Daily Archives: 8 December 2004

Creativity: Six Widespread Myths

Fast Company has
an interesting article on creativity
and six myths that
have become associated with the topic. According to a study
done at the Harvard Business School, the six
myths are:

  1. Creativity comes from Creative Types

  2. Money is a Creativity Motivator

  3. Time Pressure Fuels Creativity

  4. Fear Forces Breakthroughs

  5. Competition Beats Collaboration

  6. A Streamlined Organization is a Creative
    Organization

I have a few comments that are perhaps addressed in the
original study but isn’t in the Fast Company article.

Creative Types. I agree that creativity
isn’t confined to only one type of person. So I think the lesson
here is to be open to creative suggestions from whichever the
source may be. That said, creativity, like many, if not all,
other human traits is probably distributed on a normal bell
curve. That is, some people have more of it than others. If
true, it should follow that if you need creative types, you
would want people with an abundance of that trait.

Practically speaking, that is easier said than done.
Hence, the lesson truly is to be open to creative suggestions
from all of your employees.

Money as Motivator. There’s an old joke that says:
“Money isn’t everything, it’s the only thing.” But, I think,
what the study is saying is while money certainly is a motivator,
once a certain level of need is met, more money doesn’t lead
to more creativity. Rather, other higher needs (
as Maslow would say
) come into play. Needs such as
social, esteem, and self-actualization. The lesson for the
good manager then is to match people up with what is
motivating to them at the time, not just throwing money at
people (feel free to send some my way though – ed.).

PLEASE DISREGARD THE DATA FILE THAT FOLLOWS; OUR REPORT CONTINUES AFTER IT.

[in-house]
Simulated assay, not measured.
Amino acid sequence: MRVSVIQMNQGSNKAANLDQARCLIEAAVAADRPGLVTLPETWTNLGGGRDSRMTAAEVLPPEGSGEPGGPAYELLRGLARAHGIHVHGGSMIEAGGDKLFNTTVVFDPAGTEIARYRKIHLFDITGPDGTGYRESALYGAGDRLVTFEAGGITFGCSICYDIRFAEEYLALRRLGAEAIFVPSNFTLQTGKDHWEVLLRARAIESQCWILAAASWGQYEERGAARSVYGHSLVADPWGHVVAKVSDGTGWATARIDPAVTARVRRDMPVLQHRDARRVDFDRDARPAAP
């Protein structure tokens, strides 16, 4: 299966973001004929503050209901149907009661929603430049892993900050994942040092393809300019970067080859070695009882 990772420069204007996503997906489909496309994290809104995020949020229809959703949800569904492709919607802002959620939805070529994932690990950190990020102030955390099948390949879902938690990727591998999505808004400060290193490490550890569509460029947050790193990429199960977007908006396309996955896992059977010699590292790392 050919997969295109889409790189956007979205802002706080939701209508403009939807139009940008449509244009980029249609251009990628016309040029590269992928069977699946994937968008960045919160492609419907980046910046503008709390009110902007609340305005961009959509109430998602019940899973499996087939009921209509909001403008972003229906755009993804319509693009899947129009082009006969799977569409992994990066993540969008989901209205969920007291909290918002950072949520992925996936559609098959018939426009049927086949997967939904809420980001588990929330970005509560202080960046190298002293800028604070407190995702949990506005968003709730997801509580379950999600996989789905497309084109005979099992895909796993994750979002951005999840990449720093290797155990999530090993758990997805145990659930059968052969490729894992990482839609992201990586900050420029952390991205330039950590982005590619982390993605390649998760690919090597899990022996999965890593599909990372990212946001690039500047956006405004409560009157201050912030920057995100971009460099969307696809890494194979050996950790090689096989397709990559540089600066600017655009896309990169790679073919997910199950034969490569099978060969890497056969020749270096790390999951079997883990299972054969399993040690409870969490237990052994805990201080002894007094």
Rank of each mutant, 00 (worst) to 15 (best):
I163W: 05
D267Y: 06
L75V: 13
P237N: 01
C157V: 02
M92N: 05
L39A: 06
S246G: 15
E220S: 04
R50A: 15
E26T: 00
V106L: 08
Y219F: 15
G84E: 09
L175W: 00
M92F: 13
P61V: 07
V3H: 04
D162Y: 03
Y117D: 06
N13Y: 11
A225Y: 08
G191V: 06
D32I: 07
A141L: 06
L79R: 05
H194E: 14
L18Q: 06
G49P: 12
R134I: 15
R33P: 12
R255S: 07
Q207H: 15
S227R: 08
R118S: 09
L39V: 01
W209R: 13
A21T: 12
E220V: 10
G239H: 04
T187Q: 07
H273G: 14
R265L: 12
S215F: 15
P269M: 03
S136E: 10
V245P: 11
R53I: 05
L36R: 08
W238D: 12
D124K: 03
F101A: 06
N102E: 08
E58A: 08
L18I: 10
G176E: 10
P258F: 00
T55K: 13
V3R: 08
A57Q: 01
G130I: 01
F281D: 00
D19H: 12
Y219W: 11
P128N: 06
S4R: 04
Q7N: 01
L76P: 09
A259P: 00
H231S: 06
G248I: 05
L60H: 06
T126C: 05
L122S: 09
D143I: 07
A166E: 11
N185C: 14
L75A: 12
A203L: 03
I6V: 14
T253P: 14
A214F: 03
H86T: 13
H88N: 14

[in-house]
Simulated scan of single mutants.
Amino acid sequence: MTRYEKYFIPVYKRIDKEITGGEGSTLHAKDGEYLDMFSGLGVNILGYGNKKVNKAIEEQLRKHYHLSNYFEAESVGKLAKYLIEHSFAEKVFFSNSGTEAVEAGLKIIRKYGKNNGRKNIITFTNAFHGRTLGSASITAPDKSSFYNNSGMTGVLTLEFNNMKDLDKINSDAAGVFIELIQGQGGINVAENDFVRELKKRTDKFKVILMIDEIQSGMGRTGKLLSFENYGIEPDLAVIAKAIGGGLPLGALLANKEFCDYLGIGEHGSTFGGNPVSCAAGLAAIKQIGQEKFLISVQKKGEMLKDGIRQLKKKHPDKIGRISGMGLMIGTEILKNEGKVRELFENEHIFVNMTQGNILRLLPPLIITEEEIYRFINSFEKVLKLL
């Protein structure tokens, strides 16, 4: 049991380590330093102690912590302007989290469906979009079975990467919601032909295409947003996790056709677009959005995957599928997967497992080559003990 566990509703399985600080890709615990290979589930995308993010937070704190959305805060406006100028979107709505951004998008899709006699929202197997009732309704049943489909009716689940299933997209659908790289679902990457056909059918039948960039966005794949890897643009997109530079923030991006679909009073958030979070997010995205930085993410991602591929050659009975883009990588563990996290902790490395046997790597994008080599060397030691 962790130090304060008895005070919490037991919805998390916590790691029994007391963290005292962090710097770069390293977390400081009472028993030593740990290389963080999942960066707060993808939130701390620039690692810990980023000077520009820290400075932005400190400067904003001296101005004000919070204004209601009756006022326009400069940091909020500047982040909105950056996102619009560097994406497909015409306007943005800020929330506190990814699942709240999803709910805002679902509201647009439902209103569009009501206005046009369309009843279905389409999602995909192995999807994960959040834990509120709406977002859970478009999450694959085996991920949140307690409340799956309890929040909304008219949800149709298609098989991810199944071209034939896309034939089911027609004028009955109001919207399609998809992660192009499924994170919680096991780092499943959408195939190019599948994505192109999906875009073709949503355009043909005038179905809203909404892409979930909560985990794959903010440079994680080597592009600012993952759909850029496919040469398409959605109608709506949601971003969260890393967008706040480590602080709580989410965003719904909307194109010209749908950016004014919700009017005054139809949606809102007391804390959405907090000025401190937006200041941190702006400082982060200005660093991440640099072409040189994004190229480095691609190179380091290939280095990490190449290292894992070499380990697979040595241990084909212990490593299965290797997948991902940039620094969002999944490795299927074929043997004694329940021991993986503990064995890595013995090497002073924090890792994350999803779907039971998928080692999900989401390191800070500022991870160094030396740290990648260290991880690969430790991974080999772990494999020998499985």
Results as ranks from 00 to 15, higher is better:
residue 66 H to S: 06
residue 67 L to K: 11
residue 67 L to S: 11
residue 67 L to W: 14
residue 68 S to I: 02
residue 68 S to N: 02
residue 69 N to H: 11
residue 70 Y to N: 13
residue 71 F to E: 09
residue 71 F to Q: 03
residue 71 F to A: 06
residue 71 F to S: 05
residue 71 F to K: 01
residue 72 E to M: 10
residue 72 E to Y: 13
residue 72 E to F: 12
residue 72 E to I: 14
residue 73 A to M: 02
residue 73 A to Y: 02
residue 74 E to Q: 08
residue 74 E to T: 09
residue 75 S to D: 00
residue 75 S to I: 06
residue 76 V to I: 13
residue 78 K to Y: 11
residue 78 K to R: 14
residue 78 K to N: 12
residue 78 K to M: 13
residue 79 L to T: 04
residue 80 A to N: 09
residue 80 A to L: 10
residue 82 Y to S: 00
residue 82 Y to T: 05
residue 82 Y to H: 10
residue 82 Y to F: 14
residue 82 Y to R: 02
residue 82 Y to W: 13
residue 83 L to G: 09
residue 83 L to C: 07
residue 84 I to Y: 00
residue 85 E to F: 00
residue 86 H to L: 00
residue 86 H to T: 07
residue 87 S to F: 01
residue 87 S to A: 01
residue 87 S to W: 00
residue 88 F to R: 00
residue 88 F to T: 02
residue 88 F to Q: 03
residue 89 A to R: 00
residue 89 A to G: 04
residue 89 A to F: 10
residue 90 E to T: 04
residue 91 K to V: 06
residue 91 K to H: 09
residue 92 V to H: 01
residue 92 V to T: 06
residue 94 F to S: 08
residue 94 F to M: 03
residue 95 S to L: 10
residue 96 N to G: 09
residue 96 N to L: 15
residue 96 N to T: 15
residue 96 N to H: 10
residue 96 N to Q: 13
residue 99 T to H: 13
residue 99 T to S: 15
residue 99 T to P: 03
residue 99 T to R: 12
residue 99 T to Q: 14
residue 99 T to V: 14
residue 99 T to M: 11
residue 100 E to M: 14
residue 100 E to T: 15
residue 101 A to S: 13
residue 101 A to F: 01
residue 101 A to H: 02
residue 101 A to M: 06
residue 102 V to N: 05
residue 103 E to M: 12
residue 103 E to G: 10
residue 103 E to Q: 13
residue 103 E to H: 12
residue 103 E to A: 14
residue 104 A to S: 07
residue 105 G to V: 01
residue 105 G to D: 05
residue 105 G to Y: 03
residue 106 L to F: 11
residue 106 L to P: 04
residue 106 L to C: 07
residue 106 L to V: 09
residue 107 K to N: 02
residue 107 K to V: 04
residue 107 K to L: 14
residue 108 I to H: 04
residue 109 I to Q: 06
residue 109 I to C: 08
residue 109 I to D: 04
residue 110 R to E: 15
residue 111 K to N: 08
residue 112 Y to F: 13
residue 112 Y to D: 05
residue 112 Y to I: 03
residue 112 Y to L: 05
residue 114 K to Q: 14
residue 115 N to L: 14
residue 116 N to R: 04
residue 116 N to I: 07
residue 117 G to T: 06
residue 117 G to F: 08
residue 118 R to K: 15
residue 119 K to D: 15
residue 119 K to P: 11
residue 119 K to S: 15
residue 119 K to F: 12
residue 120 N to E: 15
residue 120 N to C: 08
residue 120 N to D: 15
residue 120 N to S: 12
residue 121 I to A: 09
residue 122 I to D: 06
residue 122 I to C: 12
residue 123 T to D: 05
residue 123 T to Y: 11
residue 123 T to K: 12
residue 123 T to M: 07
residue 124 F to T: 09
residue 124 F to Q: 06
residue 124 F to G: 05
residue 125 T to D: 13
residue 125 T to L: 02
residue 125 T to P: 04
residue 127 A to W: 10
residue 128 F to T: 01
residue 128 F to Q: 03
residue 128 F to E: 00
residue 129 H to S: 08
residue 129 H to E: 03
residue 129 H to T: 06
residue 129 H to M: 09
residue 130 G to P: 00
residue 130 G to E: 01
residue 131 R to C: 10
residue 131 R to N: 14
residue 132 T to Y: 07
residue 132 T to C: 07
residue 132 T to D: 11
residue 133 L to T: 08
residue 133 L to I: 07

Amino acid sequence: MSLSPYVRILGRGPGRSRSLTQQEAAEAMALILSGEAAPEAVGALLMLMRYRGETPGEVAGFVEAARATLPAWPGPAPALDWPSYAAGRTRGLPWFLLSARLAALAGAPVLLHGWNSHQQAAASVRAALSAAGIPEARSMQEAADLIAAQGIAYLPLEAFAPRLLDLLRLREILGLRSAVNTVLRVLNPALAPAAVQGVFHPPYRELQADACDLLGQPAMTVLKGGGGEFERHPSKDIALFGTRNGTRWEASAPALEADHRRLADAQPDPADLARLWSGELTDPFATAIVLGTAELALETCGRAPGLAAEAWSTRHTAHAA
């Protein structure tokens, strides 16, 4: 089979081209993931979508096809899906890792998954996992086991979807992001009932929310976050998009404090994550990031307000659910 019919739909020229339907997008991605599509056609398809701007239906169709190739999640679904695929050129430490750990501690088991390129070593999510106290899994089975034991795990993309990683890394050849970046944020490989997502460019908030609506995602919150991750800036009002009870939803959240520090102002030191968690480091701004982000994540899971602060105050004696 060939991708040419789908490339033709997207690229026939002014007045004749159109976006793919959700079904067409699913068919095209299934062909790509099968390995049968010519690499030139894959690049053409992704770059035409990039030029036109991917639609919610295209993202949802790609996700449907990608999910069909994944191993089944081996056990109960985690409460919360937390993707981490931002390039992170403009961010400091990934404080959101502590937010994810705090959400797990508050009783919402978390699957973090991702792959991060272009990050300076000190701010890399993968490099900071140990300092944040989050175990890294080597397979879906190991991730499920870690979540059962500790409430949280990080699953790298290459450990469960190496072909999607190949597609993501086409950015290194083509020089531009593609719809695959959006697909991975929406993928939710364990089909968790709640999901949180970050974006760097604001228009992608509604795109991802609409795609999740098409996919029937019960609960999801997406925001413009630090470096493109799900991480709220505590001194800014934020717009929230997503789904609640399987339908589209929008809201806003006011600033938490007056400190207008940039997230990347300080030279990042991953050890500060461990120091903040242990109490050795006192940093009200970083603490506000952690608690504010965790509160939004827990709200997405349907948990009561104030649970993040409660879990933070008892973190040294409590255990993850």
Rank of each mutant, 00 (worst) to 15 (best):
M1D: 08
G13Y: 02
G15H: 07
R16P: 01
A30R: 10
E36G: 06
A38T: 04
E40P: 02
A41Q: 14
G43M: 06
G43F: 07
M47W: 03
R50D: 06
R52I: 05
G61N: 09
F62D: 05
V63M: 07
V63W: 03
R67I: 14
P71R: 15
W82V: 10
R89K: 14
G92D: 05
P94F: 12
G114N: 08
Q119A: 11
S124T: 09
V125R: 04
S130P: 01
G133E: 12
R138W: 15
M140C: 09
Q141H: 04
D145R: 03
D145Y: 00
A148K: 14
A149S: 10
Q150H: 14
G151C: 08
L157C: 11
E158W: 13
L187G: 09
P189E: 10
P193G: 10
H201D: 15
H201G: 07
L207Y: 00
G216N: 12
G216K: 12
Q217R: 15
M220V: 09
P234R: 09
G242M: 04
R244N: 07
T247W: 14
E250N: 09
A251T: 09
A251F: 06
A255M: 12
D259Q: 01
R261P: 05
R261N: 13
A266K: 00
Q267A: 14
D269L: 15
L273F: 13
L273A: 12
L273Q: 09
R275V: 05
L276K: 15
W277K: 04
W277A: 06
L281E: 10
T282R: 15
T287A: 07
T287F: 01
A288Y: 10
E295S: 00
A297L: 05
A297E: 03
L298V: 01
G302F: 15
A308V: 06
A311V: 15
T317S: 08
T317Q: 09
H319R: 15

Time. Another human trait that seems to
be described by the normal bell curve is productivity. While
people in the study indicated they worked best when under
time pressures, the study seems to indicate just the
opposite. In other studies I’ve seen, productivity when
plotted on the y-axis versus anxiety on the x-axis indicates
if there is no anxiety, that is no pressure, there is no
productivity. Conversely, where there is a lot of anxiety,
there is also no productivity. The lesson here is that while
there needs to be some anxiety to have productivity, too much
anxiety will actually decrease productivity. Hence, if people
really are under the gun, the trick is to remove as many
other distractions as possible so that people can focus on
the one most important task.

Fear. While there is a popular myth that
creativity comes from the depths of depression, this study
found that people are most creative when they are happy. The
lesson is, fear is certainly a motivator, but the best
motivator seems to be happiness.

Competition. There is a place for
competition. But the article says internal
competition stifles communication (since sharing information,
without receiving something of value in return, is a
competitive disadvantage). And since no one person can know
everything, isolating that person will usually not lead to
creative ideas. The lesson is internal collaboration can lead
to synergistic effects. These effects can then lead to
creativity.

Streamlined. If streamlining your
organization is a euphemism for downsizing. And if downsizing
is a result of bad management decisions, then creativity will
suffer. The article indicates that creativity seemed to
suffer the most prior to the announcement of the downsizing
because people knew something was coming, but didn’t know
what. Hence, they felt helpless and spent more time preparing
for the worst then being creative. The lesson is, if you will
be firing people, give people accurate, timely information as
soon as possible. Employees can see whether an organization
is running well. If it isn’t, they know people will be layed
off. The lesson for management is to deal openly with the
problem as soon as possible rather than draw it out and go
into denial.

Aloha!

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